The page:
The book is full of interesting references to many notable neurologists, neurosurgeons and neuropsychologists who directly or indirectly determined Henry’s fate. These include Foster Kennedy, Heinrich Kluver, Stanley Cobb, Karl Lashley, Pierre Broca, Paul Bucy, Kenneth McKenzie, Victor Horsley, Wilder Penfield, Walter Freeman, Gottlieb Burckhardt, Egas Moniz, and Korbinian Brodmann. The book demonstrated how these neuroscientists all made their mark by studying disordered brains. Citing other notable neurological patients such as Phineas Gage and Monsieur Tan, the author remarked that ‘the history of modern brain science has been particularly reliant on broken brains‘ such as Henry’s (pages 90-96).
This is a unique book because the author explores several layers of the life of a remarkable patient. The author portrays the interesting, almost serendipitous, historical events and circumstances, that culminated in Patient HM. With tenacious journalistic probing, the author was able to unearth a lot more about the the man whose life has already been studied in detail. By exposing the human sides of all the key players, he has succeeded in painting a more complete, and perhaps more objective picture of the most famous patient in neuroscience. The book is particularly striking because the author was able to criticise those who most closely determined Henry’s fate. It is however perhaps unfair on Suzanne Corkin that the book was published after her death, denying her the opportunity to refute the author’s criticisms of her conduct.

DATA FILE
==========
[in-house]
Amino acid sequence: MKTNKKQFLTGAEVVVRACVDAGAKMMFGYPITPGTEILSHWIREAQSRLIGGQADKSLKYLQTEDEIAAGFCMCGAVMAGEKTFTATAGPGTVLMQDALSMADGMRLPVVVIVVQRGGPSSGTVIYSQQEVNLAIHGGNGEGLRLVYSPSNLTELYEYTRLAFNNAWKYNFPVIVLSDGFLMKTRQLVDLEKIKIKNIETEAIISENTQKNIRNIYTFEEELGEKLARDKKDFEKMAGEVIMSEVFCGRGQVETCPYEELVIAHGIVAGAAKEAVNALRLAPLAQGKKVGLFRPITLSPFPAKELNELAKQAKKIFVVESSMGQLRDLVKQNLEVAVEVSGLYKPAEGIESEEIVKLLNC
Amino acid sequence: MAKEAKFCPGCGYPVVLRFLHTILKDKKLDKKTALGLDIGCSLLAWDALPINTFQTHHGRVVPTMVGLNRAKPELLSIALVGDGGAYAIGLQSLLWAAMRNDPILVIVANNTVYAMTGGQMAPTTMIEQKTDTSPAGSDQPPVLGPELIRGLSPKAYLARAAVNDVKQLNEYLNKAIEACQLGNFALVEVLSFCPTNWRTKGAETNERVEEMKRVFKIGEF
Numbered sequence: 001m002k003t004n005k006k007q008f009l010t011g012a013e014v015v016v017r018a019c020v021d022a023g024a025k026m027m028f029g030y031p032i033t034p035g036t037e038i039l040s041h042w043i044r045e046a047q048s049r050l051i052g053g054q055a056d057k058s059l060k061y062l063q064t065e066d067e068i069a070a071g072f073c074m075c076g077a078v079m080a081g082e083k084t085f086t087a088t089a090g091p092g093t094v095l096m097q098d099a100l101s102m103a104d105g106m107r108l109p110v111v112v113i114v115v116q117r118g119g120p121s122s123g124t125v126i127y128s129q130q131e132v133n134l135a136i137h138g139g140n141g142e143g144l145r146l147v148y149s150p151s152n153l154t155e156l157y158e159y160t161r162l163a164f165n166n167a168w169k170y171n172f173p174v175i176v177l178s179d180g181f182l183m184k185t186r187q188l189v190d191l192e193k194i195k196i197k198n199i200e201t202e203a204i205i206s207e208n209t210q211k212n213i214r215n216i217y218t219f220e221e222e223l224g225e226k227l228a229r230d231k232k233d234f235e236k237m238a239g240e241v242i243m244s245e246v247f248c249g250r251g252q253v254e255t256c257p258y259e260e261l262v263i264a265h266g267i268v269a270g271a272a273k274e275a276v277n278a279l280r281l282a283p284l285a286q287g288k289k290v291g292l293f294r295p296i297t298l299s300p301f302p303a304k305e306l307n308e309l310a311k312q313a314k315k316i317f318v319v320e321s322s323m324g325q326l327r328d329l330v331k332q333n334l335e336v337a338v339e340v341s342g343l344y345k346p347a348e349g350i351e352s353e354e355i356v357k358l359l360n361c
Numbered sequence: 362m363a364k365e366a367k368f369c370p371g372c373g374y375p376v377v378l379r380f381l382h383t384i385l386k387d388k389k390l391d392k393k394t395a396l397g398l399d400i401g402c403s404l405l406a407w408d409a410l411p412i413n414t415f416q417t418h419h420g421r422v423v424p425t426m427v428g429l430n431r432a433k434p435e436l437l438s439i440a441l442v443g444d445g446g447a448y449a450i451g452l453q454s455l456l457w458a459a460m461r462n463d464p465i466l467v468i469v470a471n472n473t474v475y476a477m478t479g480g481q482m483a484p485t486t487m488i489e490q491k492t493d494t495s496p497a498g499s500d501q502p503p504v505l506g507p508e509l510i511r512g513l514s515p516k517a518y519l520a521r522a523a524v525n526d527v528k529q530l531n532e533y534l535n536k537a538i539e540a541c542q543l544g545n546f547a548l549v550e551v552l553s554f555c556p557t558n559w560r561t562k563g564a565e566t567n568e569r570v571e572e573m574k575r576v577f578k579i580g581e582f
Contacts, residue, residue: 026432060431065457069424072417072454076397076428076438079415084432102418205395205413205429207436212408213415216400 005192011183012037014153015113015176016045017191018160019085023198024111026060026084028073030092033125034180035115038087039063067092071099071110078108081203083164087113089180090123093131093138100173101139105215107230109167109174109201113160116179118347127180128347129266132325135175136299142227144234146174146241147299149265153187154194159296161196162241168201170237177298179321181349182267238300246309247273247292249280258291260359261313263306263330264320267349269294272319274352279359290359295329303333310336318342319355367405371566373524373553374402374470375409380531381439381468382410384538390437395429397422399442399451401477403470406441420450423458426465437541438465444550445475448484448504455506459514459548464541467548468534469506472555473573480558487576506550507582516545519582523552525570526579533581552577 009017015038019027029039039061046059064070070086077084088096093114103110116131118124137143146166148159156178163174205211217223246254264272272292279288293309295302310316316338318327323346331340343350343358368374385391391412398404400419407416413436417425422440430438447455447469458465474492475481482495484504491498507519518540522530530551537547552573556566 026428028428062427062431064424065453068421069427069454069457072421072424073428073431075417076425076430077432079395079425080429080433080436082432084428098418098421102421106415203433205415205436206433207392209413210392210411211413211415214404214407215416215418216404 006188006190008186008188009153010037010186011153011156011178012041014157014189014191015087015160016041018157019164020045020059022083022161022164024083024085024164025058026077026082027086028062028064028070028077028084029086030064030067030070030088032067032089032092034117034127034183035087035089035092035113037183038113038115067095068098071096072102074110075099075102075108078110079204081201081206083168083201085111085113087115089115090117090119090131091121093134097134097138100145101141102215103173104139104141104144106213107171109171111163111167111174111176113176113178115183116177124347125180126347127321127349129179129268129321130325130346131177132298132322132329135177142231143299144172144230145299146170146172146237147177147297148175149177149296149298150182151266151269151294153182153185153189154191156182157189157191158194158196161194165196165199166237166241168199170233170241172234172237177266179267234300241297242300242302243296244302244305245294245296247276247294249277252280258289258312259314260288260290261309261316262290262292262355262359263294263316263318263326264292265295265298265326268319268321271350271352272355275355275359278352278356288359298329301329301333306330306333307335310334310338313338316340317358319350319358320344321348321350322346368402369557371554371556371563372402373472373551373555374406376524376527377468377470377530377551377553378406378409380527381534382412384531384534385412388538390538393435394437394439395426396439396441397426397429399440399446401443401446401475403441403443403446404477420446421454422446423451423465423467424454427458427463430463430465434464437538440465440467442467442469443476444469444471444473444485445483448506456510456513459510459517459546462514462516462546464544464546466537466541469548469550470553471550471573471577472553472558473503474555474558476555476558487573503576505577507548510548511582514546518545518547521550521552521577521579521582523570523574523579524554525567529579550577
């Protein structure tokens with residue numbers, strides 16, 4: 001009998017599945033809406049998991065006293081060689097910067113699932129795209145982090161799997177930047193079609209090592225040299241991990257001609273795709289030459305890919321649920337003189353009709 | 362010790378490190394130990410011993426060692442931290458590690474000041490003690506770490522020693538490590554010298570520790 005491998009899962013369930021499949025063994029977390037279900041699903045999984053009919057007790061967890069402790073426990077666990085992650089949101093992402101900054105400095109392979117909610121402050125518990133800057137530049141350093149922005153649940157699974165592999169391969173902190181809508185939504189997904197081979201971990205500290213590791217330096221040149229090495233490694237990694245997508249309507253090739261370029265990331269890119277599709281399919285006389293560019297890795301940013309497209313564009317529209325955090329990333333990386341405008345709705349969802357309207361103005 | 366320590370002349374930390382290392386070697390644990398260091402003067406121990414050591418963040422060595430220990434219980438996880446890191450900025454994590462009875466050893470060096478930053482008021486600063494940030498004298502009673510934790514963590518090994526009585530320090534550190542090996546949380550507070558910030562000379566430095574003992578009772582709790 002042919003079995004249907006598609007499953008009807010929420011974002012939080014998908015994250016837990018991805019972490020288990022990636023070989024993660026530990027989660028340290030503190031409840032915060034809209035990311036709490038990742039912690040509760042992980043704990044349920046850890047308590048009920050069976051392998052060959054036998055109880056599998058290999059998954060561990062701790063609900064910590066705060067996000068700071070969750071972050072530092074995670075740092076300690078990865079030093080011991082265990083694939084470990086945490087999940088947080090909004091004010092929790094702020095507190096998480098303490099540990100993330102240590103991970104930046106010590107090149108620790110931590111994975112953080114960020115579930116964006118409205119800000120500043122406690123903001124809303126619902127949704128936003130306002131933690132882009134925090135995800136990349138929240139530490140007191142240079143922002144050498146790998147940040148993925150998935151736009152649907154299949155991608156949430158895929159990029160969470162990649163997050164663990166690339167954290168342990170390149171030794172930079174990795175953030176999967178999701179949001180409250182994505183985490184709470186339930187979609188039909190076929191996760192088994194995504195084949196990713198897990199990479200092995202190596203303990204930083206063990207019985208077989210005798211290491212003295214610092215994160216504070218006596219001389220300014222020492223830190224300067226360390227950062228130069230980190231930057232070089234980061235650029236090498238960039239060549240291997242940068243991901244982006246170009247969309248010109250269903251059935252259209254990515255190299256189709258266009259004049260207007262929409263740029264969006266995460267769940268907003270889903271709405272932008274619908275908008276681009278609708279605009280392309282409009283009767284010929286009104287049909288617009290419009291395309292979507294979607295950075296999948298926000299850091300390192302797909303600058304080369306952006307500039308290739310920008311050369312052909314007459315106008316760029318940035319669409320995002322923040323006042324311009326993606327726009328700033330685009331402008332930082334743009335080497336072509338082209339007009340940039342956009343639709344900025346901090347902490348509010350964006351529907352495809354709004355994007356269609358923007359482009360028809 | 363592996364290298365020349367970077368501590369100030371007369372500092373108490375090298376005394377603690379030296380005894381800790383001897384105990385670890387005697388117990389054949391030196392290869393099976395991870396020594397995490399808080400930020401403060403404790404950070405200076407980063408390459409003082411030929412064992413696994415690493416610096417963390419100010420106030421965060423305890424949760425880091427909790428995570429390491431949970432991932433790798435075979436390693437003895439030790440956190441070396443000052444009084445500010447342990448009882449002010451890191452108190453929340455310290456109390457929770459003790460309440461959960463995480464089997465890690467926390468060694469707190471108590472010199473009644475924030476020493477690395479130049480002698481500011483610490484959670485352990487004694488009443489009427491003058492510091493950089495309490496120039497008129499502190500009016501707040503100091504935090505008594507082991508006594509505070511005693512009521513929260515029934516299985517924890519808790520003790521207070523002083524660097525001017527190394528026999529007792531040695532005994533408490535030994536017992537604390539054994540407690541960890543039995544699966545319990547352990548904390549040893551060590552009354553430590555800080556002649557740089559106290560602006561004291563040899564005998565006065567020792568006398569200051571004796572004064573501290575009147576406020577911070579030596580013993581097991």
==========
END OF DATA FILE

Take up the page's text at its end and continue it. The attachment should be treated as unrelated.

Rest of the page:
This is an important book which gives a slightly different perspective on the life of Henry Molaison. It is quite enlightening in its historical details, and in many places it reads like a thriller, revealing the human aspects of all the players in Henry’s life. It takes an objective look at some of the accepted conclusions about Henry’s brain and personality, raising important questions about what we really know about memory. It looks at a critical stage of our understanding of the brain, intersecting as it does, the lives of some of the key players in the recent history of neuroscience. It is difficult to overestimate the value of Henry to neuroscience, and this book highlights this in very flowing prose. I highly recommend it to all doctors.
Publisher, Place, Year: Vintage, London, 2016
Number of Chapters: 31
Number of Pages: 462
Star rating: 5